I’ve decided to go through some basics of circuit design. In this post, I’ll cover the different types of circuit simulator analyses. Most are available in SPICE, Synopsys HSPICE, Cadence Spectre, and Agilent ADS, depending on vendor-specific options.

Executive Summary

For time-invariant blocks, such as:

  • LNA’s
  • RF Amplifiers
  • Baseband filters
  • Operation Amplifiers
  • Linear regulators

Use dc analysis to determine bias points, ac analysis to determine gain, noise analysis to measure noise.
Use hb analysis to determine two-tone linearity (IM2, IM3). Use (in order of preference) hb, pss, or transient to determine single-tone linearity (HD2/3/4/5).

In some cases, elevated noise can occur with large inputs. Use (in order of preference) hbnoise or pnoise to measure that.
For blocks with feedback, such as:

  • Linear regulators
  • Active filters

Use stb analysis to simulate loop gain and determine phase margin.

For time-varying blocks, such as:

  • Mixers
  • Switched-capacitor circuits

Use dc analysis to determine bias points, use steady analysis to simulate LO operation, and pac + pnoise to simulate small-signal ac and noise inputs/outputs.
Use hb analysis for single input tone linearity (LO + single input tone) and multi-tone simulation (LO + two or more inputs). Use hbnoise to simulate elevated noise levels due to large inputs (blockers).

You can get an estimate of the dynamic operation from looking at ac analysis with switch set in a desired state. For example, with a switched-mode mixer, I might put a dc source on the LO and look at the gain through the Mixer (from LNA to PMA). I can also do a noise simulation to get an estimate of where the noise is coming from. However, these simulations don’t include the actual mixing effects.

Taxonomy of systems

Before we delve into what analysis is best for what problem, we should first consider the classification of systems in general. They can basically be broken down by the following criteria:

  • time base: discrete-time (DT) or continuous-time (CT)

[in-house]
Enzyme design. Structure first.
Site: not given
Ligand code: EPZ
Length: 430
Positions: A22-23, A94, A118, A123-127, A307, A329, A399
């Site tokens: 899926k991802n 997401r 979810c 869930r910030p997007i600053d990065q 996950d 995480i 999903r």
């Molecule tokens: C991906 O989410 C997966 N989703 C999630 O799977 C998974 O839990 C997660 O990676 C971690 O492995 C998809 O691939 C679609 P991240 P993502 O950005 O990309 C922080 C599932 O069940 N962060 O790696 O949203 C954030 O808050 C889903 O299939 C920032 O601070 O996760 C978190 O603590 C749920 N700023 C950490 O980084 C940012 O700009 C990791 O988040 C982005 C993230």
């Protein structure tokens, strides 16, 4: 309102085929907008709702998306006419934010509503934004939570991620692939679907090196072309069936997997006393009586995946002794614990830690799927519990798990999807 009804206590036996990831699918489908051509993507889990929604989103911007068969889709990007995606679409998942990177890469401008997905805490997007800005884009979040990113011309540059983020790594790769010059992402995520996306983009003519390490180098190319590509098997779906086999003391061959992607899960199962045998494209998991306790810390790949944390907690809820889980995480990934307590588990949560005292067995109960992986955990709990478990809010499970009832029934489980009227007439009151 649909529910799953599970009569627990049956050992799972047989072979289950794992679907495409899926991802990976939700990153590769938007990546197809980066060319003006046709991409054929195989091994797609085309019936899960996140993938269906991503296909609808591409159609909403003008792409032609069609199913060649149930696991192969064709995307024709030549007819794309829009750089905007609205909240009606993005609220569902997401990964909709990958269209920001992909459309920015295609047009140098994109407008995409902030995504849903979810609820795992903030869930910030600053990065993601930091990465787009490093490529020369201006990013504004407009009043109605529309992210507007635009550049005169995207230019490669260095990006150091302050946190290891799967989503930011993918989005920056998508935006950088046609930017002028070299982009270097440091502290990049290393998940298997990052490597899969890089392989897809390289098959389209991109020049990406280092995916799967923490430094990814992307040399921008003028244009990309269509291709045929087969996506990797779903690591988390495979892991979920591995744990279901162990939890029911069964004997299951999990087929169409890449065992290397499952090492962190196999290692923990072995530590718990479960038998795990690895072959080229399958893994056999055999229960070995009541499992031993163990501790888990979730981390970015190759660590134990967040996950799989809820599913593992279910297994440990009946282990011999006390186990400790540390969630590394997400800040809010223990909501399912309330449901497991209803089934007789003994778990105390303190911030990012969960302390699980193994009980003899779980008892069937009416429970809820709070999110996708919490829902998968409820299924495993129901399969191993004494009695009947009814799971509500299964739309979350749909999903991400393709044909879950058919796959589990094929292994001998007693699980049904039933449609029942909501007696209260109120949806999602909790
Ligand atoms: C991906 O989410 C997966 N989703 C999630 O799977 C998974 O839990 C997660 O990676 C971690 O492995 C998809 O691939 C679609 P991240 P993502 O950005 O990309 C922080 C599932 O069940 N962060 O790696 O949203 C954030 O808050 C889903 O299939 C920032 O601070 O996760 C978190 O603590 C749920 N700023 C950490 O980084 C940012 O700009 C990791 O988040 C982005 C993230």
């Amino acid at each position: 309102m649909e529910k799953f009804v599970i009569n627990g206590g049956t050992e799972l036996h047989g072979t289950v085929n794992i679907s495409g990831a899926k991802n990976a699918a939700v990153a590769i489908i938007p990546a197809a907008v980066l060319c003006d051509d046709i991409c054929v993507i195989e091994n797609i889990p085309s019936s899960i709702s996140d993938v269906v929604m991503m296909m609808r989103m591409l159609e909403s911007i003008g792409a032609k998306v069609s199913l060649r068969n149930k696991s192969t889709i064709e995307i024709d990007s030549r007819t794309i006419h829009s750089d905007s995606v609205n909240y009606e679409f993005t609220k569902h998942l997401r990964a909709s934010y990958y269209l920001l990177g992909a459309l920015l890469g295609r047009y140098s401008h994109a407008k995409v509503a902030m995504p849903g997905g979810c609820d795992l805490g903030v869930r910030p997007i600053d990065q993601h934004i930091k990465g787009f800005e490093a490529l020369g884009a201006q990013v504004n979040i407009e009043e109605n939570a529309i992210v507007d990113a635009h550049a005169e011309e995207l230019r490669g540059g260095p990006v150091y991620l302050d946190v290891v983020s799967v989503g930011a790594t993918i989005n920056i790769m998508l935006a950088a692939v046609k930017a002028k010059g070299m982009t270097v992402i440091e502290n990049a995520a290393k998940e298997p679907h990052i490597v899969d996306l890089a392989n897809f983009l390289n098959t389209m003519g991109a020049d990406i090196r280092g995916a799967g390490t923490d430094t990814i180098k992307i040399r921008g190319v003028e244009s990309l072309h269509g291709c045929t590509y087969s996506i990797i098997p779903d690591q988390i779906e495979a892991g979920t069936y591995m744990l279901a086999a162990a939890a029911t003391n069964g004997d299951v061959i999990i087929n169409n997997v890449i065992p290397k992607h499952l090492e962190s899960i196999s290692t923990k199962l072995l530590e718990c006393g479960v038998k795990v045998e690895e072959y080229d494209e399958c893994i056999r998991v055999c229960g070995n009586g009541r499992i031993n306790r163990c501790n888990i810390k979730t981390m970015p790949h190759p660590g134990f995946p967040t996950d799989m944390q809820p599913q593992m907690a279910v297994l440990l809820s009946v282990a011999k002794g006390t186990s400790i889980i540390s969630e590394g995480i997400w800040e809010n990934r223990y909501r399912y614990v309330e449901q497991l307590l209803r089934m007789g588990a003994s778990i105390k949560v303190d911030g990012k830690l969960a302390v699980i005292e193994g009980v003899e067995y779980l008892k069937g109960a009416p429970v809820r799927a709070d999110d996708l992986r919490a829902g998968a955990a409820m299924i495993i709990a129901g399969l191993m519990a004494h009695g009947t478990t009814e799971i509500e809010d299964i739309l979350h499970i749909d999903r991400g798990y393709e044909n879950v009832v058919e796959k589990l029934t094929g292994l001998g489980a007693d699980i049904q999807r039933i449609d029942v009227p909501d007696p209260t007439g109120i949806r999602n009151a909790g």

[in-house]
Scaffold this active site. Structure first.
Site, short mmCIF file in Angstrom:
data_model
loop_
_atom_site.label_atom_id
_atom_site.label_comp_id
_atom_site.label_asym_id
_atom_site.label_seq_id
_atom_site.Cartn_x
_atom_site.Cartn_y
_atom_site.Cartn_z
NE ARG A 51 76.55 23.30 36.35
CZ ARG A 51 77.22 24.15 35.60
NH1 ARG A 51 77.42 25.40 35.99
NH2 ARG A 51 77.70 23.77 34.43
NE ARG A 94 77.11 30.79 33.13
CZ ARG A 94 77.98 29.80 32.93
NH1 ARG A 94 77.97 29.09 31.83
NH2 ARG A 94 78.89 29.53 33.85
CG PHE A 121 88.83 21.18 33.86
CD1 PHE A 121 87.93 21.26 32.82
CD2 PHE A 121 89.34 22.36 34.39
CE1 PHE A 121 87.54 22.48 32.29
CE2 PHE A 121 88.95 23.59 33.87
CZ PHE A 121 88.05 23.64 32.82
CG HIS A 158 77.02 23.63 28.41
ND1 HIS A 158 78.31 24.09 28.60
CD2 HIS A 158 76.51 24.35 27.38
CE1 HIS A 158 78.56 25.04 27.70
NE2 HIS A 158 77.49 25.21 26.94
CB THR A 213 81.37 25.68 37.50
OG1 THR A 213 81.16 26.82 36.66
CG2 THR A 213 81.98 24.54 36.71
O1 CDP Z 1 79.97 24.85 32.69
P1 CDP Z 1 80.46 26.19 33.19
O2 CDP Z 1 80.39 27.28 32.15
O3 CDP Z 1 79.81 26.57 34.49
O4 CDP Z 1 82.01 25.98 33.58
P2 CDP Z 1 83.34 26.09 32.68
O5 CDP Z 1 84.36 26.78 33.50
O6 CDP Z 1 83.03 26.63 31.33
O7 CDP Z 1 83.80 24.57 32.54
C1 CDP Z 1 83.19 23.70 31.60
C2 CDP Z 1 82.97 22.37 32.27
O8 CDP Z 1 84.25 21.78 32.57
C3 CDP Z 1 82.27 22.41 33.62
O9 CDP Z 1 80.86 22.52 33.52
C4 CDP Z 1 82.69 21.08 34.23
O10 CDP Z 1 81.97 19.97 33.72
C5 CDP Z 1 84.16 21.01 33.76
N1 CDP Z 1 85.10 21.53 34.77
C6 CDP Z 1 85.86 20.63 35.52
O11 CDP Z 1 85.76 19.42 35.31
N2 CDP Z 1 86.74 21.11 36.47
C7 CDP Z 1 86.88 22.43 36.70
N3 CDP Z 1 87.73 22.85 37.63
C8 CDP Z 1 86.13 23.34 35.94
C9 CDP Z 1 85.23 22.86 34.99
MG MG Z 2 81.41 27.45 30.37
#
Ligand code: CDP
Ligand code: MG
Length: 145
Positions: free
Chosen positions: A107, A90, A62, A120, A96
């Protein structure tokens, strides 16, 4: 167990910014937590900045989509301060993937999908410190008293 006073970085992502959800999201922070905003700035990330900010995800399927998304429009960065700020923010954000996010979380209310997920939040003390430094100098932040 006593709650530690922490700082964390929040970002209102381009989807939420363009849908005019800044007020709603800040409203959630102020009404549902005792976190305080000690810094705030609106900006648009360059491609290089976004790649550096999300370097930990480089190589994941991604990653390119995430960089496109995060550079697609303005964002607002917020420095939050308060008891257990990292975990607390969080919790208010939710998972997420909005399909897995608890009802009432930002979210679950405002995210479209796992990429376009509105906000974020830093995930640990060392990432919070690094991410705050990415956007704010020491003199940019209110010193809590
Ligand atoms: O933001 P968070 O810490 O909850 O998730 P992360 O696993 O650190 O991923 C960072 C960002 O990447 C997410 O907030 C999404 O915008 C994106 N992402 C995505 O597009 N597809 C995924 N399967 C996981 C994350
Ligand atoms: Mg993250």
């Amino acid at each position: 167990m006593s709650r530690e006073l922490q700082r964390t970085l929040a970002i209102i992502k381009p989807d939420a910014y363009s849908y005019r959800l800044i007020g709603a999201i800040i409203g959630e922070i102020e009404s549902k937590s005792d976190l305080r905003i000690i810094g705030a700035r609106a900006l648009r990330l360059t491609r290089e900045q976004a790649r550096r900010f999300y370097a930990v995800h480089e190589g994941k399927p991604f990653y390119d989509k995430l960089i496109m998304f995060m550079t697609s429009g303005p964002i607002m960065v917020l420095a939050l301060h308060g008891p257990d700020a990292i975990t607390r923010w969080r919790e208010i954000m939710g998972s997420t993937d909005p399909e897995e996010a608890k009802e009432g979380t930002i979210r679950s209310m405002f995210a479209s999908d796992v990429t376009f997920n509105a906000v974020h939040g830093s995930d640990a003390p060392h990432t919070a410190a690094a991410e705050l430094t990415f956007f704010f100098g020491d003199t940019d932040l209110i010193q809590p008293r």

• response dependence: time-variant (TV) or time-invariant (TI)
  • linearity: linear or nonlinear

You probably will encounter systems that as a whole do not fit into each of these categories. However, each system can be broken down into a component (call it a sub-system) that fits in each of the above categories. For example, a sigma-delta DAC generally has a discrete-time modulator and a continous-time reconstruction filter. For brevity, we will simply use the term system rather than sub-system.

The first two categories are basically black-and-white: a system is either discrete-time or continuous-time. Likewise, a system is either time-variant or time-invariant. Linearity, however, is a relative term. All circuits are nonlinear. However, if their nonlinearities (distortion) is low enough, we call them linear.

A circuit is discrete-time if it is triggered by some clock (i.e. it approximates some difference equation). Examples of discrete-time circuits are switched-capacitor filters, most sigma-delta modulators, and all digital logic. A circuit is continous-time if it operates continously without being triggered by a clock (i.e. it approximates some differential equation). Examples of continuous-time circuits are filters, linear regulators, and all RF circuits (excluding TI’s Digital Radio Processing).

A circuit is time-invariant if its input-output relationship does not change with time. For example, if I send an input x and get an output y, do I get the same output if delay x by (say) 1 μs? If not, the circuit is time-variant. If so (and if the same holds true for not just a 1 μs delay, but all delays), the circuit is time-invariant. Most circuits you encounter are time-invariant, such as filters, amplifiers, almost all RF circuits. Examples of time-variant circuits are RF mixers (analog multipliers) such as the Gilbert cell and the MOS chopping mixer. I’ve heard many say that it’s wierd that we want mixers to be linear, when a mixer itself is a non-linear device. In truth, the ideal mixer is linear. However, in the past, the preferred way of creating a mixer was to sum two signals (an RF input and an LO) and pass them through a non-linear device (a diode for example); the resulting cross-multiplication (through the nonlinearity of the device) would cause a mixing. The ideal mixer, however, is both linear and time-variant (with respect to its RF input/output and baseband output/input, not its LO).

A circuit is linear if it obeys the rule that the input α×u1 + β×u2 (composed by a weighted sum of any signals u1 and u2) yields an output α×y1 + β×y2. That is, the output is proportional to the input, including sums of different inputs. If I double the input, I should get double the output. I should also be able to sum two different inputs and have the sum of two different outputs come out.


Circuit analyses

So, that taxonomy aside, here are the different analyses. I’ll admit that most of my experience is with Cadence tools.


An operating point analysis solves KCL in a static condition–that is all derivatives are zero, and nothing is varying with respect to time. This analysis is useful for determining bias conditions. It is also used as a starting point for ac analysis and for noise analysis. In Spectre, an op analysis is a special case of a dc analysis (you select the “save operating point information” during a dc analysis).